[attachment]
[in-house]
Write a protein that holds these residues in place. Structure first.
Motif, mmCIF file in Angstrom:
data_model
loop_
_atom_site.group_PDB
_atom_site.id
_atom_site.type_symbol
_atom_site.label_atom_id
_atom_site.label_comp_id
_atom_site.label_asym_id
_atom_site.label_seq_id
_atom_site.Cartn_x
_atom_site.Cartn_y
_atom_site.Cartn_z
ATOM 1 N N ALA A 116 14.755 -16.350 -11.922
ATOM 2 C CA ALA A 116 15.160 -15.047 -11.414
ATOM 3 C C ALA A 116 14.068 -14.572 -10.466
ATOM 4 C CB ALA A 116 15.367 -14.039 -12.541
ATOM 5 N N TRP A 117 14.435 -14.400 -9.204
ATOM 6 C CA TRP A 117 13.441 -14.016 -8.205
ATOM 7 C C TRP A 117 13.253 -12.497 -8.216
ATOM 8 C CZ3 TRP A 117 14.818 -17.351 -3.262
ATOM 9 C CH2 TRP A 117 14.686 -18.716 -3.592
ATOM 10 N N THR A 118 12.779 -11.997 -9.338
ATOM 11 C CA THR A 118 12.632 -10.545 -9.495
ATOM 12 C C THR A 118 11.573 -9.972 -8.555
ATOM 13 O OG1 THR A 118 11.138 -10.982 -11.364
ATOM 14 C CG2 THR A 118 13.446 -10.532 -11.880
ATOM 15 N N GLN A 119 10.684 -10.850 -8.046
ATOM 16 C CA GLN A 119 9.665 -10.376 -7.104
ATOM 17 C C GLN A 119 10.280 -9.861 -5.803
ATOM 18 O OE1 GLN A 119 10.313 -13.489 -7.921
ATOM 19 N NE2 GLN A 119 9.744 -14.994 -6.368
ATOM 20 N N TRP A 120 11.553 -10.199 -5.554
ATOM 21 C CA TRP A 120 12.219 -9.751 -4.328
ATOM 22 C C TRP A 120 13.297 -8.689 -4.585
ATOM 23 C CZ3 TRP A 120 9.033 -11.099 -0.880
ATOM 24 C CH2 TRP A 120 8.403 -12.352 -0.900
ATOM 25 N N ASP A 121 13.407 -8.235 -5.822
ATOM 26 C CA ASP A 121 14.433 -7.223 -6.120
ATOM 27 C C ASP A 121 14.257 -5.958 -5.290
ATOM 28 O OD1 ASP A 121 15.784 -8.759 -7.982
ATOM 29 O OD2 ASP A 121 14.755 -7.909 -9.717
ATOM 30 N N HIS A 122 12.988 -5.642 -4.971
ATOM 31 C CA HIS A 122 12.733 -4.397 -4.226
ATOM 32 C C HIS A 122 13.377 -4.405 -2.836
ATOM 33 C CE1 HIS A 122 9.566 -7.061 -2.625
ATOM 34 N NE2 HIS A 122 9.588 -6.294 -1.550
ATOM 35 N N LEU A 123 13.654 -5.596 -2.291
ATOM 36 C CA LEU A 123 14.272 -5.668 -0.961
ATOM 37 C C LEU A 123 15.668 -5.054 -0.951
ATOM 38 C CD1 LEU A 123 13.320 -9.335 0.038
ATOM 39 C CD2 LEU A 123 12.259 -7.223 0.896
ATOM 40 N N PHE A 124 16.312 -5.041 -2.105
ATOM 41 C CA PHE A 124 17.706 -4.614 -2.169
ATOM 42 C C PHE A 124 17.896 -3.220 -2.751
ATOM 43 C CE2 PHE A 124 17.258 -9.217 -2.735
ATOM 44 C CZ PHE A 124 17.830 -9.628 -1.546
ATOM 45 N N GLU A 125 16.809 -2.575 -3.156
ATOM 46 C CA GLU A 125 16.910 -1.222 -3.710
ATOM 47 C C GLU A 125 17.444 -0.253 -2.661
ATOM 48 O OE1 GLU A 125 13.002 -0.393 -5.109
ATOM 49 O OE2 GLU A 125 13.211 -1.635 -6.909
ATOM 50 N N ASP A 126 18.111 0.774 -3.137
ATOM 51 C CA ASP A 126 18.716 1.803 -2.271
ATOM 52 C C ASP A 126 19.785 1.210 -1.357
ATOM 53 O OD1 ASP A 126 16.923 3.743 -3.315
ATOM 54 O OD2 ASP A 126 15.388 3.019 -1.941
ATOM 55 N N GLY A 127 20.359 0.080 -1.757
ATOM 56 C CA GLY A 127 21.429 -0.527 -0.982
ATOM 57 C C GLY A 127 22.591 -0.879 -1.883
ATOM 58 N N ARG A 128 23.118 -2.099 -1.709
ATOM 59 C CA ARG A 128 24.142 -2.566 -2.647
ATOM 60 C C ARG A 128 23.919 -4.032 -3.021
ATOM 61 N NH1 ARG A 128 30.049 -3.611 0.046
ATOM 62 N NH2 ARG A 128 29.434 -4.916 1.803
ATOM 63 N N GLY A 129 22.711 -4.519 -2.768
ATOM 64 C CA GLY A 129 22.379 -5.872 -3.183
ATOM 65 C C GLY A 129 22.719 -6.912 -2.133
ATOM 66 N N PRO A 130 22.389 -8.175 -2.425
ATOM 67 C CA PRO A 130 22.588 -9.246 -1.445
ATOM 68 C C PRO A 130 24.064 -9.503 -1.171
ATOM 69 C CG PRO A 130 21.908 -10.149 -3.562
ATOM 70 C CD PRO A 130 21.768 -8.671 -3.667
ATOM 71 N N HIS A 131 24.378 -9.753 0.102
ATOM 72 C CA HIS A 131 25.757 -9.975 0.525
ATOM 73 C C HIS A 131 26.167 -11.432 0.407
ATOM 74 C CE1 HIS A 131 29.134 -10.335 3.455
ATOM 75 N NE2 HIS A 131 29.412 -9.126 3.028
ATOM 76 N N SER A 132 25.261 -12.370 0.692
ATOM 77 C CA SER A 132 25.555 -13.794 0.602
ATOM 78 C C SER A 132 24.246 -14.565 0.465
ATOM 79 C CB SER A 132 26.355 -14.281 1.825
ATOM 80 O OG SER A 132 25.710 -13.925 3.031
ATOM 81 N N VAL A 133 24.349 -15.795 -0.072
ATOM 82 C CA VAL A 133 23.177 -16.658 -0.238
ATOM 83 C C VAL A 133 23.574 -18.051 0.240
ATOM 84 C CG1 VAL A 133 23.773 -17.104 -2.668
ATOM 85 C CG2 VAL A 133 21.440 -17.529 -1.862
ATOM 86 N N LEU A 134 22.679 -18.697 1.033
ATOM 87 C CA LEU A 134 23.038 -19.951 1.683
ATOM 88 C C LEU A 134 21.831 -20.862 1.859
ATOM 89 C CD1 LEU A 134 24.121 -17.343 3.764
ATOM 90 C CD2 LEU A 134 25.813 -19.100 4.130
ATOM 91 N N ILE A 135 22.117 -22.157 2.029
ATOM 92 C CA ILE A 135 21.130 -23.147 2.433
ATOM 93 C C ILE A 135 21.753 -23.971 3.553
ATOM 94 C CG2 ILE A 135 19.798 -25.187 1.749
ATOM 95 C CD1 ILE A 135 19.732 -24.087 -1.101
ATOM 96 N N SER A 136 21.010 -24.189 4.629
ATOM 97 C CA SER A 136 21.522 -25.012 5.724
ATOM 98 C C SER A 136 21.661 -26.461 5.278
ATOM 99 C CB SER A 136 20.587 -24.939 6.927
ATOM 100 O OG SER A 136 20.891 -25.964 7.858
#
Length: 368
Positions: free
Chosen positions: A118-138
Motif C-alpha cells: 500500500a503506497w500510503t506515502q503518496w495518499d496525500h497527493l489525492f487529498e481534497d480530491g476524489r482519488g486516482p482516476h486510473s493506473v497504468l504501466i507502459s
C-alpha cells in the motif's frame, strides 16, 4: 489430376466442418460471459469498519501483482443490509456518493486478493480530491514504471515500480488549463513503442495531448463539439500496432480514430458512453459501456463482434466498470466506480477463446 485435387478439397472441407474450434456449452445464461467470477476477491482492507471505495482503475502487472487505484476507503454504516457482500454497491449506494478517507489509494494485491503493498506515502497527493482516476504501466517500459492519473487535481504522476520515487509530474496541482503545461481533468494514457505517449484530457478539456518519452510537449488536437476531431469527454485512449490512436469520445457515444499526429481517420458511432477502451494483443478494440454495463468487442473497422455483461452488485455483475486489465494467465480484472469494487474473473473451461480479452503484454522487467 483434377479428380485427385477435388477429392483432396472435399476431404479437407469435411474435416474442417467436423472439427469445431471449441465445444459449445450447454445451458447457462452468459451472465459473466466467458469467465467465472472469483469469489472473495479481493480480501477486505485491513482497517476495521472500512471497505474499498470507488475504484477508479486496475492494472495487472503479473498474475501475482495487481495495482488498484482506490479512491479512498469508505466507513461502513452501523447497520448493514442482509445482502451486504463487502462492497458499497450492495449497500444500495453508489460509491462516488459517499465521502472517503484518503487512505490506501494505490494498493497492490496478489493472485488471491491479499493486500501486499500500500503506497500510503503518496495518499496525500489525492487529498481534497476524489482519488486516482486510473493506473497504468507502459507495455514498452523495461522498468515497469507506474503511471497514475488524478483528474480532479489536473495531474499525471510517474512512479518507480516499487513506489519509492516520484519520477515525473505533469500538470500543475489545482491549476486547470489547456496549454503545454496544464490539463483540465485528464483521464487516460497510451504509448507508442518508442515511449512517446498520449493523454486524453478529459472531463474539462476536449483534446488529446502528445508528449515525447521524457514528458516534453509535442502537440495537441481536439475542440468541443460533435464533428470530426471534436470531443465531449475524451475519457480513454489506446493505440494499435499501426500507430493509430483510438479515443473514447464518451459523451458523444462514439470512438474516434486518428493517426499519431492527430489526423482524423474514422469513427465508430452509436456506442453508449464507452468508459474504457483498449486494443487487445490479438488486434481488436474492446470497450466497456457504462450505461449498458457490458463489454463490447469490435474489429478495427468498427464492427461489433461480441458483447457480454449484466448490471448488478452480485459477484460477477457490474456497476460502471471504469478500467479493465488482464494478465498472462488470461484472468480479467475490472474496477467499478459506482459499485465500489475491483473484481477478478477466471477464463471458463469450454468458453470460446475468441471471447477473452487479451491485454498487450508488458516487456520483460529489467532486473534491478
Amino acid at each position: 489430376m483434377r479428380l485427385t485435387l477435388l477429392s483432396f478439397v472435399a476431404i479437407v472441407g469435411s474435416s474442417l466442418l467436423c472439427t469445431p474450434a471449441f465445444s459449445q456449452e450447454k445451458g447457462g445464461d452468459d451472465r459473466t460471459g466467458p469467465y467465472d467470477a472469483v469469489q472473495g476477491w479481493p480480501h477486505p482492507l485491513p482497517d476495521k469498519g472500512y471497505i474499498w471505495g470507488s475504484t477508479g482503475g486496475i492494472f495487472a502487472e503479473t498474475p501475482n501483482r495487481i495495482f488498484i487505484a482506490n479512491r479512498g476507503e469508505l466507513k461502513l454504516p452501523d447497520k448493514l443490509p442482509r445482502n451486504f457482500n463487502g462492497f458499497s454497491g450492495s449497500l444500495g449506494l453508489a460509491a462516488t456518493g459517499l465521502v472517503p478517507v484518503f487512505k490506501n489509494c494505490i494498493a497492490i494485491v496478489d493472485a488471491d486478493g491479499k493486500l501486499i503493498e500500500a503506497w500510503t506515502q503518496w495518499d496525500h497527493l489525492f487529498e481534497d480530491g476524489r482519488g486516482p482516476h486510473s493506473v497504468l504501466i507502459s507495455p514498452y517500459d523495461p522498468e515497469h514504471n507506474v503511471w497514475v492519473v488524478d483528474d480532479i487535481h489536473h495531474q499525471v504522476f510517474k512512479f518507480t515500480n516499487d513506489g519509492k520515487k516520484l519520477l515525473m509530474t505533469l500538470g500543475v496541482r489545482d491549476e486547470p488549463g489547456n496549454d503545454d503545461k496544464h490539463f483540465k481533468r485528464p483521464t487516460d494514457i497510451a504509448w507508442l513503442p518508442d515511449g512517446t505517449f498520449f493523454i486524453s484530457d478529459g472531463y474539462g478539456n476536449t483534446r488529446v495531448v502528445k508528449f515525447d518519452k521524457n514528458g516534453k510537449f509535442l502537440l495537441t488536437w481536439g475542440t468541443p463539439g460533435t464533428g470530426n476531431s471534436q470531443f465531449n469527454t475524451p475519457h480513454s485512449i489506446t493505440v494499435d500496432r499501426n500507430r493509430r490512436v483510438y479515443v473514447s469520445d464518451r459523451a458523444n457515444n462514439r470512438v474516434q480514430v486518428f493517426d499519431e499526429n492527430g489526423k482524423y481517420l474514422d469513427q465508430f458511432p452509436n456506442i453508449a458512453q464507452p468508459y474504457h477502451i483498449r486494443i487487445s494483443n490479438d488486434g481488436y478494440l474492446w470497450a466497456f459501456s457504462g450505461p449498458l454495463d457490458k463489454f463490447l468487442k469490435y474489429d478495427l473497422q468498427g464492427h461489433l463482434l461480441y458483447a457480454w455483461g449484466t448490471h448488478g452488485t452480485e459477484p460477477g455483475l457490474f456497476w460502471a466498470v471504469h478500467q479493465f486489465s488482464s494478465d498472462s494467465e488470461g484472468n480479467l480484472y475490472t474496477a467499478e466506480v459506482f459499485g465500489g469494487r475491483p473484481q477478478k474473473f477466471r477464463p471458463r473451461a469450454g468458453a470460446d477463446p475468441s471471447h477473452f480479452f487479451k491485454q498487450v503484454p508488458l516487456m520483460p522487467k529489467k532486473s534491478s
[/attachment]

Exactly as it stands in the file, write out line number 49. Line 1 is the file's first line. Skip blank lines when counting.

ATOM 34 N NE2 HIS A 122 9.588 -6.294 -1.550